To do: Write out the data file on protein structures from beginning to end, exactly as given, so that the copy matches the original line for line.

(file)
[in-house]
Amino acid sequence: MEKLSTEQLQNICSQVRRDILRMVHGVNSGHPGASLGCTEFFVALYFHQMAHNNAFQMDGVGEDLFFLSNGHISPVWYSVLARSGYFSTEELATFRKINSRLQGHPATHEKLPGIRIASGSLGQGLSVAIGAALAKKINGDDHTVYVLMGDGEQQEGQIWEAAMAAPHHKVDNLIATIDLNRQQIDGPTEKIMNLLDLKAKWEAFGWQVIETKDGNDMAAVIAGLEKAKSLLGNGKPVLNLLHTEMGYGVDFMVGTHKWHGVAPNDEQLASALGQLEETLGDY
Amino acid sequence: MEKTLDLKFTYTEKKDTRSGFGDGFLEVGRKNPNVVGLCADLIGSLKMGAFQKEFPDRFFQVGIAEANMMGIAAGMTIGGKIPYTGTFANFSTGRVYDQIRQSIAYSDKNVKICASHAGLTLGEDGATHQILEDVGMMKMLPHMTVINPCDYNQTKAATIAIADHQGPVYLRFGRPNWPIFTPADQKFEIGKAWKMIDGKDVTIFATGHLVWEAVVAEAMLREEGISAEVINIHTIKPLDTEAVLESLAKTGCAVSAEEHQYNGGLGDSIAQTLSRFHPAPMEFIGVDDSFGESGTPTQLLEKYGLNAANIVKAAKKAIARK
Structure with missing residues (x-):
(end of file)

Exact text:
[in-house]
Amino acid sequence: MEKLSTEQLQNICSQVRRDILRMVHGVNSGHPGASLGCTEFFVALYFHQMAHNNAFQMDGVGEDLFFLSNGHISPVWYSVLARSGYFSTEELATFRKINSRLQGHPATHEKLPGIRIASGSLGQGLSVAIGAALAKKINGDDHTVYVLMGDGEQQEGQIWEAAMAAPHHKVDNLIATIDLNRQQIDGPTEKIMNLLDLKAKWEAFGWQVIETKDGNDMAAVIAGLEKAKSLLGNGKPVLNLLHTEMGYGVDFMVGTHKWHGVAPNDEQLASALGQLEETLGDY
Amino acid sequence: MEKTLDLKFTYTEKKDTRSGFGDGFLEVGRKNPNVVGLCADLIGSLKMGAFQKEFPDRFFQVGIAEANMMGIAAGMTIGGKIPYTGTFANFSTGRVYDQIRQSIAYSDKNVKICASHAGLTLGEDGATHQILEDVGMMKMLPHMTVINPCDYNQTKAATIAIADHQGPVYLRFGRPNWPIFTPADQKFEIGKAWKMIDGKDVTIFATGHLVWEAVVAEAMLREEGISAEVINIHTIKPLDTEAVLESLAKTGCAVSAEEHQYNGGLGDSIAQTLSRFHPAPMEFIGVDDSFGESGTPTQLLEKYGLNAANIVKAAKKAIARK
Structure with missing residues (x-):